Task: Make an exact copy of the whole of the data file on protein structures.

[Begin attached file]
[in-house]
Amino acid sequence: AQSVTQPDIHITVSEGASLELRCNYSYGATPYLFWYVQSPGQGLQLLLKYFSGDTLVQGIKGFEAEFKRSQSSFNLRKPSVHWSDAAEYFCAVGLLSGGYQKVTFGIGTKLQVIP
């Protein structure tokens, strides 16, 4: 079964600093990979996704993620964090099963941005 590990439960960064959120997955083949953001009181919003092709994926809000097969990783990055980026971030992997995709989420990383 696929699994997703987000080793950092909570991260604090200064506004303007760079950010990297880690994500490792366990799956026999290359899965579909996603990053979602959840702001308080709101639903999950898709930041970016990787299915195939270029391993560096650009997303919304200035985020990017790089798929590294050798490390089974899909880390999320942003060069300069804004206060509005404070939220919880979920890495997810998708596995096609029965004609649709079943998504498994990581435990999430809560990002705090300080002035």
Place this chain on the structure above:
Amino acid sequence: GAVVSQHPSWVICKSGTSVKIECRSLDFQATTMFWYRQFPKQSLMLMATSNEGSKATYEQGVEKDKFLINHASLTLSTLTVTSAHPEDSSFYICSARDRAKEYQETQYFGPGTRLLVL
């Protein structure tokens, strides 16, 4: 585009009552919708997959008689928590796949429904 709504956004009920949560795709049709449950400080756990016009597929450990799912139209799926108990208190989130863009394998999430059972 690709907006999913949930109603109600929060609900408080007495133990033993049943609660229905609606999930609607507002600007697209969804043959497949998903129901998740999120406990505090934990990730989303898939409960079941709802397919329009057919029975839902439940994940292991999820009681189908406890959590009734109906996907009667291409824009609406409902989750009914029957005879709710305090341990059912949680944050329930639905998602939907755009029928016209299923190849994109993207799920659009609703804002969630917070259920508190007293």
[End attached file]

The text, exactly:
[in-house]
Amino acid sequence: AQSVTQPDIHITVSEGASLELRCNYSYGATPYLFWYVQSPGQGLQLLLKYFSGDTLVQGIKGFEAEFKRSQSSFNLRKPSVHWSDAAEYFCAVGLLSGGYQKVTFGIGTKLQVIP
């Protein structure tokens, strides 16, 4: 079964600093990979996704993620964090099963941005 590990439960960064959120997955083949953001009181919003092709994926809000097969990783990055980026971030992997995709989420990383 696929699994997703987000080793950092909570991260604090200064506004303007760079950010990297880690994500490792366990799956026999290359899965579909996603990053979602959840702001308080709101639903999950898709930041970016990787299915195939270029391993560096650009997303919304200035985020990017790089798929590294050798490390089974899909880390999320942003060069300069804004206060509005404070939220919880979920890495997810998708596995096609029965004609649709079943998504498994990581435990999430809560990002705090300080002035």
Place this chain on the structure above:
Amino acid sequence: GAVVSQHPSWVICKSGTSVKIECRSLDFQATTMFWYRQFPKQSLMLMATSNEGSKATYEQGVEKDKFLINHASLTLSTLTVTSAHPEDSSFYICSARDRAKEYQETQYFGPGTRLLVL
């Protein structure tokens, strides 16, 4: 585009009552919708997959008689928590796949429904 709504956004009920949560795709049709449950400080756990016009597929450990799912139209799926108990208190989130863009394998999430059972 690709907006999913949930109603109600929060609900408080007495133990033993049943609660229905609606999930609607507002600007697209969804043959497949998903129901998740999120406990505090934990990730989303898939409960079941709802397919329009057919029975839902439940994940292991999820009681189908406890959590009734109906996907009667291409824009609406409902989750009914029957005879709710305090341990059912949680944050329930639905998602939907755009029928016209299923190849994109993207799920659009609703804002969630917070259920508190007293």